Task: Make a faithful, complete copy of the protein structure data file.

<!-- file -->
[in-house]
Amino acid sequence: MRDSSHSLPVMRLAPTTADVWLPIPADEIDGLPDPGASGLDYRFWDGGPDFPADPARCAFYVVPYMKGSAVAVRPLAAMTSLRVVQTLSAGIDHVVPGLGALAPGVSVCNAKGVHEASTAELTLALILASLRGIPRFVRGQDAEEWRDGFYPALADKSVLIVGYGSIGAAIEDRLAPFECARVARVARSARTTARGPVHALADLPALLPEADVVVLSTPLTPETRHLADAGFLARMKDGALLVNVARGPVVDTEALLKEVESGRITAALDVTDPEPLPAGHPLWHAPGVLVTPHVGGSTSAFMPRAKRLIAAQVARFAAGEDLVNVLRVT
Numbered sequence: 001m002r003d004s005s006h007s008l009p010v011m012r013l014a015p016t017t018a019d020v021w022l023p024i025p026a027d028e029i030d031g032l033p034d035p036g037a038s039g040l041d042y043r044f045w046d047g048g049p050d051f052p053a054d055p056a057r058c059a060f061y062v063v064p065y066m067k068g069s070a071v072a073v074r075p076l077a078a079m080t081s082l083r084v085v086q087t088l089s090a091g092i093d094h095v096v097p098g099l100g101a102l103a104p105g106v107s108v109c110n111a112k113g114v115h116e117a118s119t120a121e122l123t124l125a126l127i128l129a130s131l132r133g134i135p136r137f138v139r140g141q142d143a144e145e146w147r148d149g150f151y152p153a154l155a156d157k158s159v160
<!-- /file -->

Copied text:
[in-house]
Amino acid sequence: MRDSSHSLPVMRLAPTTADVWLPIPADEIDGLPDPGASGLDYRFWDGGPDFPADPARCAFYVVPYMKGSAVAVRPLAAMTSLRVVQTLSAGIDHVVPGLGALAPGVSVCNAKGVHEASTAELTLALILASLRGIPRFVRGQDAEEWRDGFYPALADKSVLIVGYGSIGAAIEDRLAPFECARVARVARSARTTARGPVHALADLPALLPEADVVVLSTPLTPETRHLADAGFLARMKDGALLVNVARGPVVDTEALLKEVESGRITAALDVTDPEPLPAGHPLWHAPGVLVTPHVGGSTSAFMPRAKRLIAAQVARFAAGEDLVNVLRVT
Numbered sequence: 001m002r003d004s005s006h007s008l009p010v011m012r013l014a015p016t017t018a019d020v021w022l023p024i025p026a027d028e029i030d031g032l033p034d035p036g037a038s039g040l041d042y043r044f045w046d047g048g049p050d051f052p053a054d055p056a057r058c059a060f061y062v063v064p065y066m067k068g069s070a071v072a073v074r075p076l077a078a079m080t081s082l083r084v085v086q087t088l089s090a091g092i093d094h095v096v097p098g099l100g101a102l103a104p105g106v107s108v109c110n111a112k113g114v115h116e117a118s119t120a121e122l123t124l125a126l127i128l129a130s131l132r133g134i135p136r137f138v139r140g141q142d143a144e145e146w147r148d149g150f151y152p153a154l155a156d157k158s159v160